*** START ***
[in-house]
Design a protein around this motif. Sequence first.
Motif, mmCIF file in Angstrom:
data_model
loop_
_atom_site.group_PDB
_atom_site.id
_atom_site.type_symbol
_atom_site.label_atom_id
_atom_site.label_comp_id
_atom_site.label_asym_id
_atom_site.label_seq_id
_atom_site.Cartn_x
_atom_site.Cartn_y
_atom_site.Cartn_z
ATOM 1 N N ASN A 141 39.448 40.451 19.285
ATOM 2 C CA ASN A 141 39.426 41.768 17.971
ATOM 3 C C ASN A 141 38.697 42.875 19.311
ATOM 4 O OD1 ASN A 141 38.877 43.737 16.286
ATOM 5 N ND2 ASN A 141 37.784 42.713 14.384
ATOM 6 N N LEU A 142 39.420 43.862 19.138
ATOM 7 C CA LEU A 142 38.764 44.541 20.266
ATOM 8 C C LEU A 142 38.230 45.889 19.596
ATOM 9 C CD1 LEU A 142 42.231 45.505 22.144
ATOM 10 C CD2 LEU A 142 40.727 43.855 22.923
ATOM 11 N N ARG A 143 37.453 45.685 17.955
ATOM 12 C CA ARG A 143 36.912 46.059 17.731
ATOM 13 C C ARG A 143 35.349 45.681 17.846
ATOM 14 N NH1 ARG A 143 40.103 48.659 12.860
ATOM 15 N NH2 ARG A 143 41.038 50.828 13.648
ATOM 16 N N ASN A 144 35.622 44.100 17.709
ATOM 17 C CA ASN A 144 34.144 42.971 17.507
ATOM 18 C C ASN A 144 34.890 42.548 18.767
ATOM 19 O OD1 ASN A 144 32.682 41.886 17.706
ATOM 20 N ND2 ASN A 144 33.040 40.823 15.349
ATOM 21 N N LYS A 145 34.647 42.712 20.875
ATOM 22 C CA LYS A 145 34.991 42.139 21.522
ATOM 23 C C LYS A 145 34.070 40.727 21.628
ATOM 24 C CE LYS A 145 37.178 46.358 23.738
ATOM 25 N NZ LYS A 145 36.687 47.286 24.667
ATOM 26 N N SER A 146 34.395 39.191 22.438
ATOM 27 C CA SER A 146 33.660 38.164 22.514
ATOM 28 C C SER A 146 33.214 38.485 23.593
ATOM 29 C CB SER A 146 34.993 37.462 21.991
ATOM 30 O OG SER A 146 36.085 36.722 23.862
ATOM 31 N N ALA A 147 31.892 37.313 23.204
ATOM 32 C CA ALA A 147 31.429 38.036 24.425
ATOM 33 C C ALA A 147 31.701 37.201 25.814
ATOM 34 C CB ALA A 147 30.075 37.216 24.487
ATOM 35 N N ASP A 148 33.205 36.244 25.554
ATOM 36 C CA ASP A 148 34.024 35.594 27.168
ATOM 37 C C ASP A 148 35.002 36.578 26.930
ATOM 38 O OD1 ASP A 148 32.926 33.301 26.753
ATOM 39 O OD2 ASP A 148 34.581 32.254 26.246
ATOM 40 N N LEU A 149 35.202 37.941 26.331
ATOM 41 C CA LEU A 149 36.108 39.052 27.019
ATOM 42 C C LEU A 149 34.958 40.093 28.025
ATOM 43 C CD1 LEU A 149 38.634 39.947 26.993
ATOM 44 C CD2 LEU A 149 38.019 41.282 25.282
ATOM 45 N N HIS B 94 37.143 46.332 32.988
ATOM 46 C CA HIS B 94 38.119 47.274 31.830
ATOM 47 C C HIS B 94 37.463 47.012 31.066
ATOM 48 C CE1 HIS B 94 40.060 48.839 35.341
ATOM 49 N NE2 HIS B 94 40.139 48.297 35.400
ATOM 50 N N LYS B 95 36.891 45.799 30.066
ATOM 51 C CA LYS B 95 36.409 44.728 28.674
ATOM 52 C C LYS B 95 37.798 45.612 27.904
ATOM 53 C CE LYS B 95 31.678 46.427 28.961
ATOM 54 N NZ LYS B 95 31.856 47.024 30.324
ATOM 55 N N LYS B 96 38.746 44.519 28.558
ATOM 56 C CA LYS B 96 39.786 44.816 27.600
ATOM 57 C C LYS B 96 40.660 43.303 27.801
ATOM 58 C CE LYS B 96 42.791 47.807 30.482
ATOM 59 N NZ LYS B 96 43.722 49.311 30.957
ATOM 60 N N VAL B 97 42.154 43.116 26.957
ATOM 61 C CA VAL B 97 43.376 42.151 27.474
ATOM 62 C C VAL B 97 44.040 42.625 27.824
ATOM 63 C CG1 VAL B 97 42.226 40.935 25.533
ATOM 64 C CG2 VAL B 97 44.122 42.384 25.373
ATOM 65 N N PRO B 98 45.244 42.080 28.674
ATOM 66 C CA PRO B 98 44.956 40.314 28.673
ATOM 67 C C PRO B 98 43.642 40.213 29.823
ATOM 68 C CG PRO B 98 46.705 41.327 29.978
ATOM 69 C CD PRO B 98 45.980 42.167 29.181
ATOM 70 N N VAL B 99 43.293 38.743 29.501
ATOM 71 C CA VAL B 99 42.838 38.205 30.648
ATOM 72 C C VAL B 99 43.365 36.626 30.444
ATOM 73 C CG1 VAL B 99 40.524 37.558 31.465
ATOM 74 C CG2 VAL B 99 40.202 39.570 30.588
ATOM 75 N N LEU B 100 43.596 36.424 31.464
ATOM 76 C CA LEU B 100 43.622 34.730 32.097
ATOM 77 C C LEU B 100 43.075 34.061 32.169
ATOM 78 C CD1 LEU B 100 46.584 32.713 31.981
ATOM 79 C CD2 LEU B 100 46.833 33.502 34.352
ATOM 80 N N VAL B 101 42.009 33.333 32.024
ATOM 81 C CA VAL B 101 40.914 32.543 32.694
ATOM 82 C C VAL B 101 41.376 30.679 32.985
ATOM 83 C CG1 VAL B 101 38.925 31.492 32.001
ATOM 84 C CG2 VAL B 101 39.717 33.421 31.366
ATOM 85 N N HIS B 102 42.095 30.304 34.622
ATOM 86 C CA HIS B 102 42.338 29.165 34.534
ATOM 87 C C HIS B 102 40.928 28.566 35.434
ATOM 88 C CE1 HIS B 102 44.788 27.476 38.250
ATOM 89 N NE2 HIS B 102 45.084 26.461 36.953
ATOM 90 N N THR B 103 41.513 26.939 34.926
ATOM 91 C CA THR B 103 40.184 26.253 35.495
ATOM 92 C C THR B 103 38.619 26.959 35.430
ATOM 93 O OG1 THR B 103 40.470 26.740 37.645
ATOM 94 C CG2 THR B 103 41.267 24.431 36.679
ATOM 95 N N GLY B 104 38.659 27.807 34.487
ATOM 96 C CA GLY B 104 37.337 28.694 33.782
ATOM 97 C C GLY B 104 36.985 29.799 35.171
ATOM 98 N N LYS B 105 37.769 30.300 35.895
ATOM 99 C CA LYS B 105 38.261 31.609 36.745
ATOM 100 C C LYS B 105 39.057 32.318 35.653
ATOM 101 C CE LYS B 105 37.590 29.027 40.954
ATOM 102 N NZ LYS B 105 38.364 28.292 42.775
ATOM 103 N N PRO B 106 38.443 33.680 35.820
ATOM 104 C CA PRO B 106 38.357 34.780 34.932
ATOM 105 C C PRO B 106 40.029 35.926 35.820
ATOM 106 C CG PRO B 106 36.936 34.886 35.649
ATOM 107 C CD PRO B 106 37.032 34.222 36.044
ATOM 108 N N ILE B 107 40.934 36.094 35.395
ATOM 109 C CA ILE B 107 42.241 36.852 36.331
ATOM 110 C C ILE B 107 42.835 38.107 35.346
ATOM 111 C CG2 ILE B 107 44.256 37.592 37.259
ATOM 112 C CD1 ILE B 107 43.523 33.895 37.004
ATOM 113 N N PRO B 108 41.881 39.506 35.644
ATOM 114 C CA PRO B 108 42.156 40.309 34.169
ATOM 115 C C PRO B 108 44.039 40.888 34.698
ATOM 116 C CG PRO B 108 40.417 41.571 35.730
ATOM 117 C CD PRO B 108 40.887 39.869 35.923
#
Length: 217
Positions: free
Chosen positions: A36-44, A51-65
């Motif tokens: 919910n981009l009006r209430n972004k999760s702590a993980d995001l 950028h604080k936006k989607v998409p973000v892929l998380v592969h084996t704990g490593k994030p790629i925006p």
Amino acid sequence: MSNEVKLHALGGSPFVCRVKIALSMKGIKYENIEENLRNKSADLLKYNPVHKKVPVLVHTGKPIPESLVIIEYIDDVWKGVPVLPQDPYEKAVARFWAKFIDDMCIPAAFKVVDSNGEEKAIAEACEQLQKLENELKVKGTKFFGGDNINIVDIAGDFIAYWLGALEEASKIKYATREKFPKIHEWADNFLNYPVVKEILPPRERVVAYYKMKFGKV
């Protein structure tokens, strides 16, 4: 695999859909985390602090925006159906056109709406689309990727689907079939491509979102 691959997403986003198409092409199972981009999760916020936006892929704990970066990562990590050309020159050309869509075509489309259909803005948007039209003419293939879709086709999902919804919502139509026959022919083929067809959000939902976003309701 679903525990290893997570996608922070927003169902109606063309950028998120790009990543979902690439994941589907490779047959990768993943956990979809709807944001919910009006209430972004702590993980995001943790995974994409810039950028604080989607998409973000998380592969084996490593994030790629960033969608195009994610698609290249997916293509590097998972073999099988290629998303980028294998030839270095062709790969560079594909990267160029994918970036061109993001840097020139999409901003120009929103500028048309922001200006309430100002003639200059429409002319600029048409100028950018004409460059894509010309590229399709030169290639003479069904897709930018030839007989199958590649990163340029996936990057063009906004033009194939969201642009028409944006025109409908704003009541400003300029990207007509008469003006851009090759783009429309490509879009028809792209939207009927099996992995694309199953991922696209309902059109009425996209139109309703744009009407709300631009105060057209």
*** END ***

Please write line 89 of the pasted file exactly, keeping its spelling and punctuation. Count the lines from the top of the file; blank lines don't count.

ATOM 74 C CG2 VAL B 99 40.202 39.570 30.588